Vicious (Villains #1) by V.E. Schwab
If you enjoy morally gray characters and anti-heroes like I do, this definitely is a book for you.
About the Book
Publisher: Tor Books | Release Date: September 24, 2013 | Pages: 366
Genre: Adult, Science Fiction | Format: eBook | Source: Publisher via Newsletter
Ten years later, Victor breaks out of prison, determined to catch up to his old friend (now foe), aided by a young girl whose reserved nature obscures a stunning ability. Meanwhile, Eli is on a mission to eradicate every other super-powered person that he can find—aside from his sidekick, an enigmatic woman with an unbreakable will. Armed with terrible power on both sides, driven by the memory of betrayal and loss, the archnemeses have set a course for revenge—but who will be left alive at the end?
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Friends, Vicious is a book that totally surprised me in the best of ways. I’ve owned this book for months but was kind of afraid to read because of the hype and my lukewarm/conflicted feelings about the Shades of Magic trilogy, but when I impulse bought the Limited Special Edition OwlCrate for Vengeful and decided that it was about time that I give this book a try… and I am so glad that I did because I loved it! If you enjoy morally gray characters and anti-heroes like I do, this definitely is a book for you.
Life—the way it really is—is a battle not between Bad and Good, but between Bad and Worse. —Joseph Brodsky
Vicious is told in the perspectives of Eli and Victor, who are former college roommates turned enemies, I really enjoyed the storytelling overall: the narrative shifts between present-day and ten years prior, meaning that the reader is thrust into the present with little context and slowly discovers what happened to turn friends into foes. I found this to be incredibly engaging and I was more invested in uncovering how the friendship broke down and led to the events of present day for our characters. One of my notes from 19% says “I so want to know how the friendship fell apart. This is written so well” and I loved how full the characters are… and how I understood the motives for each of them. one of my favorite literary devices is being thrust into the present day and see what happened to get us there through flashbacks, and it is executed so well here. I also really love the friends-to-enemies trope, but then again, I like my characters to essentially go through rough situations and grow from them.
This is a world where no one is innocent, yet they each feel justified in their actions. Morally speaking it’s a choice of Bad and Worse, and the reader is left to decide whose actions are most justified. Jealousy, self-righteousness, self-preservation, loyalty, betrayal… each character has a driving force that motivates them in Vicious, and they are all very well crafted.
Our main characters:
🔪 “Victor Vale is not a fucking sidekick”; his belief in probability, science, and chance guide him and he has difficulty with religious faith.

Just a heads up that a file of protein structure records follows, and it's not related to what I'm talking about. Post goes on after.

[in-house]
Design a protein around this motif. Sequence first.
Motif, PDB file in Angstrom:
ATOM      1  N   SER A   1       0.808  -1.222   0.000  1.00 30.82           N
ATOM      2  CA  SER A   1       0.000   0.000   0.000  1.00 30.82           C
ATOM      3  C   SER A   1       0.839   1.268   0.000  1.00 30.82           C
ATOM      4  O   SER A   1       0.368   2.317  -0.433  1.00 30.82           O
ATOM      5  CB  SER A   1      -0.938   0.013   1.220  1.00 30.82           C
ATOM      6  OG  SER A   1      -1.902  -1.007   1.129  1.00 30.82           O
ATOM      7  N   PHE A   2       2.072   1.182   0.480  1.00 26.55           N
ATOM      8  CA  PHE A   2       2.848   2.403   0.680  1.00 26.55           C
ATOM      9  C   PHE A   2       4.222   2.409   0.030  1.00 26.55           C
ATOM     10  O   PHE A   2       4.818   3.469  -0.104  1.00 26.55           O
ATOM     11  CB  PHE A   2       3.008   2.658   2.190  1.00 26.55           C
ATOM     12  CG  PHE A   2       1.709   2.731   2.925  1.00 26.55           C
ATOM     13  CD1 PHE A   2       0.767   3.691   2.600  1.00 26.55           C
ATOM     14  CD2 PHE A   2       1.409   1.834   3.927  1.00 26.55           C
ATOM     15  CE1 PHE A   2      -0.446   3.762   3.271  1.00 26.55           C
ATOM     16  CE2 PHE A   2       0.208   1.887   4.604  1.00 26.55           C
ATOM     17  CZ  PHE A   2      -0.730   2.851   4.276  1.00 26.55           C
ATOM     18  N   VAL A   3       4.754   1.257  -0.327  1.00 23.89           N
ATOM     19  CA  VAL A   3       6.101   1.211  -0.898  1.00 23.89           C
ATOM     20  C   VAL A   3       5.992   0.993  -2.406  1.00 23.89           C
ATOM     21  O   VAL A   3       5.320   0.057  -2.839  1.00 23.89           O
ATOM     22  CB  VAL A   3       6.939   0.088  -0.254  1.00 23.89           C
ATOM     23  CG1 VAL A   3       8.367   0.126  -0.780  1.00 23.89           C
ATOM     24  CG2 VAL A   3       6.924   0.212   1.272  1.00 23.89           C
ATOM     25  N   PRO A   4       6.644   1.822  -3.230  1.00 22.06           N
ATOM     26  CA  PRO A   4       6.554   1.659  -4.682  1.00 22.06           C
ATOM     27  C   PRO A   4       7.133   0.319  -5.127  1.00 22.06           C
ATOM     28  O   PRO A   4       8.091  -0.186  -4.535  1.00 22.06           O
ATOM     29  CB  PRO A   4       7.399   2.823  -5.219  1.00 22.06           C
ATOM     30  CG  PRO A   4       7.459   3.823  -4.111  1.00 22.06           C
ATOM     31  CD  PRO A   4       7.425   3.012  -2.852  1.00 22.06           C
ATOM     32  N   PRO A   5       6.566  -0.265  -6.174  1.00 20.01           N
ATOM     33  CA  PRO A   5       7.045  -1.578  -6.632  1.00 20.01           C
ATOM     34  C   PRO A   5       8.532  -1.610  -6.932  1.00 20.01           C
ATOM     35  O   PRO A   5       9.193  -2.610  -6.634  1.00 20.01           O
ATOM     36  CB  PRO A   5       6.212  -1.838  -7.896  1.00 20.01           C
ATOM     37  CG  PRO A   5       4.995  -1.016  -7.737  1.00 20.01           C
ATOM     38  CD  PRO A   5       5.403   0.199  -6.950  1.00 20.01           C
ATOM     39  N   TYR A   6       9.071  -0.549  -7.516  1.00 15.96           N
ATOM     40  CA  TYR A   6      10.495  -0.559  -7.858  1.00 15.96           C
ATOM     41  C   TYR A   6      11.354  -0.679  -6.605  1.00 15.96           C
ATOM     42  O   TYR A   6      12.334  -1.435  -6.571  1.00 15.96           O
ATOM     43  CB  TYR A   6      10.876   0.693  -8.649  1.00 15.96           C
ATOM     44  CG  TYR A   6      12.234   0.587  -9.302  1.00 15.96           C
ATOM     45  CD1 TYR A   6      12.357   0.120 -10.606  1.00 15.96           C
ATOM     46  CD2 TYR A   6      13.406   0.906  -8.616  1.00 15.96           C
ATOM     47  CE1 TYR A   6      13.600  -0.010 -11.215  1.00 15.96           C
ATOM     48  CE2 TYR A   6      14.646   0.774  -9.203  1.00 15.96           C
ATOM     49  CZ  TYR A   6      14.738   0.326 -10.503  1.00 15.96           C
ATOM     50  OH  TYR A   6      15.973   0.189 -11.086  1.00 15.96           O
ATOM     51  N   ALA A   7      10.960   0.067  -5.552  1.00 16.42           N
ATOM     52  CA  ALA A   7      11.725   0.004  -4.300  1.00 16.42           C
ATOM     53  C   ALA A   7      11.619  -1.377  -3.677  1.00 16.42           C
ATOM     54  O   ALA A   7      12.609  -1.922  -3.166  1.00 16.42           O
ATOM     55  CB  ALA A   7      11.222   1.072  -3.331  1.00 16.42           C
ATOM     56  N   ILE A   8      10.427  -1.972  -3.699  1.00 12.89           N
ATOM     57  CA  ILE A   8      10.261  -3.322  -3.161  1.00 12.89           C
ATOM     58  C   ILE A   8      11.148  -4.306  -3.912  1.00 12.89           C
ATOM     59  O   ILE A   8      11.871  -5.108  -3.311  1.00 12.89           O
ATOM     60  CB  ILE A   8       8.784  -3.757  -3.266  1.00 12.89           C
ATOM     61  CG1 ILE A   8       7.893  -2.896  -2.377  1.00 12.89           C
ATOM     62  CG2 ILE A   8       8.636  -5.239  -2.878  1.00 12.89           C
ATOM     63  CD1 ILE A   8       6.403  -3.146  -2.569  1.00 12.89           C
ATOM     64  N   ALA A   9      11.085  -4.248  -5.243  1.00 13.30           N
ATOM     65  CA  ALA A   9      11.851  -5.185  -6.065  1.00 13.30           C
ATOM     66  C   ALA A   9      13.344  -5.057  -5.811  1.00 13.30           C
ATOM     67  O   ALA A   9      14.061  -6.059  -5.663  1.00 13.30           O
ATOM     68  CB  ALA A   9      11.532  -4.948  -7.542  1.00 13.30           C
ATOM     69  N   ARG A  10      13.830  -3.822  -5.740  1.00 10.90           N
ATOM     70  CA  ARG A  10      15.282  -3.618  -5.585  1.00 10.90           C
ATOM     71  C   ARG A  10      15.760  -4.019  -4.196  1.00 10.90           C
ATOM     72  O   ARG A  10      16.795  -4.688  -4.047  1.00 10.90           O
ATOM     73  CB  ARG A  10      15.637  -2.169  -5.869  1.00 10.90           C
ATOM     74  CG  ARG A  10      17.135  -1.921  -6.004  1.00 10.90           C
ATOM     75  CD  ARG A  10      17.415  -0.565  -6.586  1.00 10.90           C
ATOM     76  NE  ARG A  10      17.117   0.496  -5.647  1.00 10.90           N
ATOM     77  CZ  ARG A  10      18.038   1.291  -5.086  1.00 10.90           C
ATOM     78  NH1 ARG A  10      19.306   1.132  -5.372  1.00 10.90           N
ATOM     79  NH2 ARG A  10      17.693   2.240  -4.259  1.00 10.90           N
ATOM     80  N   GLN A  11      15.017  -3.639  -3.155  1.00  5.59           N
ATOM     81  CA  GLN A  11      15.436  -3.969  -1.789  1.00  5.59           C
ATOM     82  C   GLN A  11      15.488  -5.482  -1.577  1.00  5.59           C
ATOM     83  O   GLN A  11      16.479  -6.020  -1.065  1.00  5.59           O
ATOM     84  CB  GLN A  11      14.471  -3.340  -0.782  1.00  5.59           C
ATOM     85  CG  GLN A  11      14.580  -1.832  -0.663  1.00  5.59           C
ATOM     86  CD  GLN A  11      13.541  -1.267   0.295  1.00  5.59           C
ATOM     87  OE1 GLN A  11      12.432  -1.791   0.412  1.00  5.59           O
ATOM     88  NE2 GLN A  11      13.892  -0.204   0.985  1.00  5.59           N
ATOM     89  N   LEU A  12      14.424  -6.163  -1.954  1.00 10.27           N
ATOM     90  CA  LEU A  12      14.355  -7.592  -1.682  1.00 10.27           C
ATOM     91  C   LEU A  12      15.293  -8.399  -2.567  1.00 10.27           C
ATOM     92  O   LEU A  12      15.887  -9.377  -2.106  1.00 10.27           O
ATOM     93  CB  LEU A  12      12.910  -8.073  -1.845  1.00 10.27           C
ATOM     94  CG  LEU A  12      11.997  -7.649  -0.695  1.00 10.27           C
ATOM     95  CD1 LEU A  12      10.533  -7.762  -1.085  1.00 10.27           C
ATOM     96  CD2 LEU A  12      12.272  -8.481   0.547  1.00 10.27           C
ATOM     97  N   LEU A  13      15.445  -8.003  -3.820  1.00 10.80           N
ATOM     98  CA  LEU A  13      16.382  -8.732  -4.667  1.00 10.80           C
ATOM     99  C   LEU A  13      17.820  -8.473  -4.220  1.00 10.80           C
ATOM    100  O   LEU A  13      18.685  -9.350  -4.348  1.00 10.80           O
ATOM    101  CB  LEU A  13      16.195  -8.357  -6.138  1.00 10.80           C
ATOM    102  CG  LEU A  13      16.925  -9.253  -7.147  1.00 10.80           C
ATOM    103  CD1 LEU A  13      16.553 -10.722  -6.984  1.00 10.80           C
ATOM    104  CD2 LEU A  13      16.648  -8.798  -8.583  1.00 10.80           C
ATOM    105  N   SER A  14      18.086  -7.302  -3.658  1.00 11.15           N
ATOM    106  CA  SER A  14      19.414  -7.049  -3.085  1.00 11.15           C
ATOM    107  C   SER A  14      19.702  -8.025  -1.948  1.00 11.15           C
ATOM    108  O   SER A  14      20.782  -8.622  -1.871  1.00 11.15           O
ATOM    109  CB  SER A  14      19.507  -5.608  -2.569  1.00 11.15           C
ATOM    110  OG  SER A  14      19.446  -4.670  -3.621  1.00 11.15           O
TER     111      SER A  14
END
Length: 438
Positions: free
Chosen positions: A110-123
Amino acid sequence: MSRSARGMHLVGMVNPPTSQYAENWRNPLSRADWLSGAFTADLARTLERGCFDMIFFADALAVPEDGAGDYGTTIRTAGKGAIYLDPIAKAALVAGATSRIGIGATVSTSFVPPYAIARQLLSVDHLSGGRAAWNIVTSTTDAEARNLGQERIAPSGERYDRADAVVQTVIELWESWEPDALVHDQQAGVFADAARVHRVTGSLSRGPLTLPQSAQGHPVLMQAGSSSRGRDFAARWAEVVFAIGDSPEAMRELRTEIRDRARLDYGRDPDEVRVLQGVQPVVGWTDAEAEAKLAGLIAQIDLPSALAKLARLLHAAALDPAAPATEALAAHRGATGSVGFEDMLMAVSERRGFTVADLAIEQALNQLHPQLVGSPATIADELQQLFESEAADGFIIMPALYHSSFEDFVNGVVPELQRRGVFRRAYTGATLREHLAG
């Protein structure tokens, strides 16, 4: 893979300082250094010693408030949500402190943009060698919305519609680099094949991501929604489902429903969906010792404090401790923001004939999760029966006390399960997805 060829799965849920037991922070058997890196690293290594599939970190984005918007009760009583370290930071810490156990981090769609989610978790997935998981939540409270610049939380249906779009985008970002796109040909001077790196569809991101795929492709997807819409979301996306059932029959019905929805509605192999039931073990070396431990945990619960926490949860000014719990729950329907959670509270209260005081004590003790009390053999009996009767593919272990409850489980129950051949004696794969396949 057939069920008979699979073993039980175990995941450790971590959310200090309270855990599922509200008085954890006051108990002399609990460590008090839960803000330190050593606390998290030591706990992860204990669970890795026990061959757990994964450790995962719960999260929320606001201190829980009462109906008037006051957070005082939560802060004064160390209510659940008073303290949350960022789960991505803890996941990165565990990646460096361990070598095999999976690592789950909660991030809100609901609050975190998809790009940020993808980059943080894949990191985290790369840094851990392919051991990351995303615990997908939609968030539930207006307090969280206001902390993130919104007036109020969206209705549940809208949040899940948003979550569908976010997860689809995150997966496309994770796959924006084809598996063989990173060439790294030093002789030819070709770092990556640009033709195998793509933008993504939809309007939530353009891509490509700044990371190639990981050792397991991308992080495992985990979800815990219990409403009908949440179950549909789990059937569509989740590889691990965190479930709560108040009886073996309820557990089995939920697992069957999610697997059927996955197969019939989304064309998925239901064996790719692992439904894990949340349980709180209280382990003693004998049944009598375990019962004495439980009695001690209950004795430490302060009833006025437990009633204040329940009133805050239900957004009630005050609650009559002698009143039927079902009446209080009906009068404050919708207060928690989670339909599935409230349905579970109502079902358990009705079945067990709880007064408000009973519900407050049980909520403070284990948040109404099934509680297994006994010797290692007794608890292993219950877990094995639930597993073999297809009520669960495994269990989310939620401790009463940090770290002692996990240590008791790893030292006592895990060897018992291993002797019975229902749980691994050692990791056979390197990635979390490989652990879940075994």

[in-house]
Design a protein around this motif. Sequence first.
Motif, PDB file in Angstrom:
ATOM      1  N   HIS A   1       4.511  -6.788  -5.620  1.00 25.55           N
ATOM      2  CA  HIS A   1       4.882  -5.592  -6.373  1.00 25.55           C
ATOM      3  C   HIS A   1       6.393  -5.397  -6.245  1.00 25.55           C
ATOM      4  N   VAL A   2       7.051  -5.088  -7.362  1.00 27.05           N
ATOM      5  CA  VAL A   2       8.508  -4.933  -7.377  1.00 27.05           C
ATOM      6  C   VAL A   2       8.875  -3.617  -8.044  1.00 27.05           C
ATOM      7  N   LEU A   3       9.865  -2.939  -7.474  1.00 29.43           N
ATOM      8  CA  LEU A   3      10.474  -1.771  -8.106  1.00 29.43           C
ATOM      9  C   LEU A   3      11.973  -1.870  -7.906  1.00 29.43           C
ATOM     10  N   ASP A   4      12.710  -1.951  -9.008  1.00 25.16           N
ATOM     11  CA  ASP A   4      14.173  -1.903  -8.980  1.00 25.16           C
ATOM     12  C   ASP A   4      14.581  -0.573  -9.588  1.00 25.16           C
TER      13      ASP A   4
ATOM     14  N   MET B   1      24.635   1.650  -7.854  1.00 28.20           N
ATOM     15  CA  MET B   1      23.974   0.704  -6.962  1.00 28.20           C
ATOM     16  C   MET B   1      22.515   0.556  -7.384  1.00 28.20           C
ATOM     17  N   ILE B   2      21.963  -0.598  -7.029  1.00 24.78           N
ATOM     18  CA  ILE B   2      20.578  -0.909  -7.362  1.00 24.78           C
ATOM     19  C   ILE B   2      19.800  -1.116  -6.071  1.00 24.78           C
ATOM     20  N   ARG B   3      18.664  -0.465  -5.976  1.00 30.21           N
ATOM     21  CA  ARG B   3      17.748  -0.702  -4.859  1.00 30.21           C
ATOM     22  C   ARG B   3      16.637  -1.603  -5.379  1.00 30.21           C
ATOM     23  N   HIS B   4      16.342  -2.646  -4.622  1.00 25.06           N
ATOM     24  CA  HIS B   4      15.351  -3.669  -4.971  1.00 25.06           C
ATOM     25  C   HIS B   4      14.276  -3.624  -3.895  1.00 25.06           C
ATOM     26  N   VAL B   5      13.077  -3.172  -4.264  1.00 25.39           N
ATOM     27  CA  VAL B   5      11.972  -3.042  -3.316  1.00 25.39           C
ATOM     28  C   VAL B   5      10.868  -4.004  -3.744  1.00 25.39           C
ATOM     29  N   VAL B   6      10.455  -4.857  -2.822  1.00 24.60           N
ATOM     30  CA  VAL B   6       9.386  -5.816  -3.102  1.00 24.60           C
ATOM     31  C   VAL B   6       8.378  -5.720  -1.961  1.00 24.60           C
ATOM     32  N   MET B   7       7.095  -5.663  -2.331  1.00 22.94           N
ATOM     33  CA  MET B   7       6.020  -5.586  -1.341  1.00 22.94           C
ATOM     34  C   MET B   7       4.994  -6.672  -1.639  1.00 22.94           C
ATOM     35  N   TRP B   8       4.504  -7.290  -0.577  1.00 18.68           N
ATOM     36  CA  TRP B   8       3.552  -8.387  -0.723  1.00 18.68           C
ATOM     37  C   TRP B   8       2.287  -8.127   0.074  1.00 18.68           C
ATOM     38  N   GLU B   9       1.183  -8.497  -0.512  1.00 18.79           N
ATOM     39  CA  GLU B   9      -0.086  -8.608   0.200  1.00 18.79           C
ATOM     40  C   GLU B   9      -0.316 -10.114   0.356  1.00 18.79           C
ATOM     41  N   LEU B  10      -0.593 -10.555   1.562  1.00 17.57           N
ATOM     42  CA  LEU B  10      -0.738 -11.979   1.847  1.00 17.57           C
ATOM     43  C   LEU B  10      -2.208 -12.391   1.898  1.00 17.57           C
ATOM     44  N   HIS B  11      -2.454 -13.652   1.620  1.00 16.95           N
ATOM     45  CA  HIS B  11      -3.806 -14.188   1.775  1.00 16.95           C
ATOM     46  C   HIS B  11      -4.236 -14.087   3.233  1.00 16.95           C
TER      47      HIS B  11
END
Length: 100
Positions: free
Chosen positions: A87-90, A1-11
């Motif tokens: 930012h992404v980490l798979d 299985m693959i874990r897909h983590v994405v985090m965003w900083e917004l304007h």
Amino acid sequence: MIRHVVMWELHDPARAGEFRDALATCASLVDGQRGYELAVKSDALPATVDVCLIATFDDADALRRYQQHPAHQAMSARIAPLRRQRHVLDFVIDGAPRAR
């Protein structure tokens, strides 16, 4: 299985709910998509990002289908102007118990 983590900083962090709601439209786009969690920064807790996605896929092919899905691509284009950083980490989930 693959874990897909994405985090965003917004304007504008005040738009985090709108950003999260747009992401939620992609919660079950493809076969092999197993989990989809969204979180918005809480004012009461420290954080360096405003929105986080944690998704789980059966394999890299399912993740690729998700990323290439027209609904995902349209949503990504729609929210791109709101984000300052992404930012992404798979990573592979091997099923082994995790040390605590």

🔪 Eli Cardale/Ever “was precocious, and frighteningly charming, the kind of guy who got away with everything, thanks to good genes and quick wits”; his belief and faith in God guide his life and his actions.
🔪 We also have Mitch Turner and Sydney Clarke, both of whom are absolute cinnamon rolls and I adore them wholeheartedly. And let’s honest here: the banter between Mitch, Sydney, and Victor cracked me up and I lived for it.
🔪 Lastly, we have Serena Clarke, Sydney’s older sister and most certainly not a cinnamon roll.
This is definitely a character-driven story with a very interesting world that kind of reminds me of the tv series Heroes. I do wish that there were more world-building and an explanation of EOs in the context of the world Victor and Eli live in. When Eli presented his thesis topic it almost appeared like a joke; however, as the plot progressed it is hinted that EOs were a thing even before the thesis. How long had the term been coined? How much did the public know in that ten-years ago period?
The crux of the battle is the whole “us versus them” mentality and the dehumanizing the “enemy” to justify your own actions. But who is the enemy? Who is in the wrong? In this story – and in life – it depends on the side that you are on.
“You don’t understand,” he said. “I’m trying to protect people.”
She smiled behind her coffee. It wasn’t a happy smile. “Which people?”
Serena plays an interesting foil to Eli in this way and brings out an interesting philosophical argument for the reader to consider if they choose.
Overall I found Vicious to be a fast-paced and engaging fantasy story with amazingly deep and flawed characters. While my little world-building heart wish that more information had been presented on the history of the EOs in the context of the world, it didn’t really hinder my enjoyment of this story at all. I honestly cannot recommend this book enough and am looking forward to reading Vengeful if my reading slump ever ends.
content warnings: overdose, suicide, death, revenge, murder
🤝 Buddy read with Jen from Pinot and Pages!
Let’s go on another adventure together!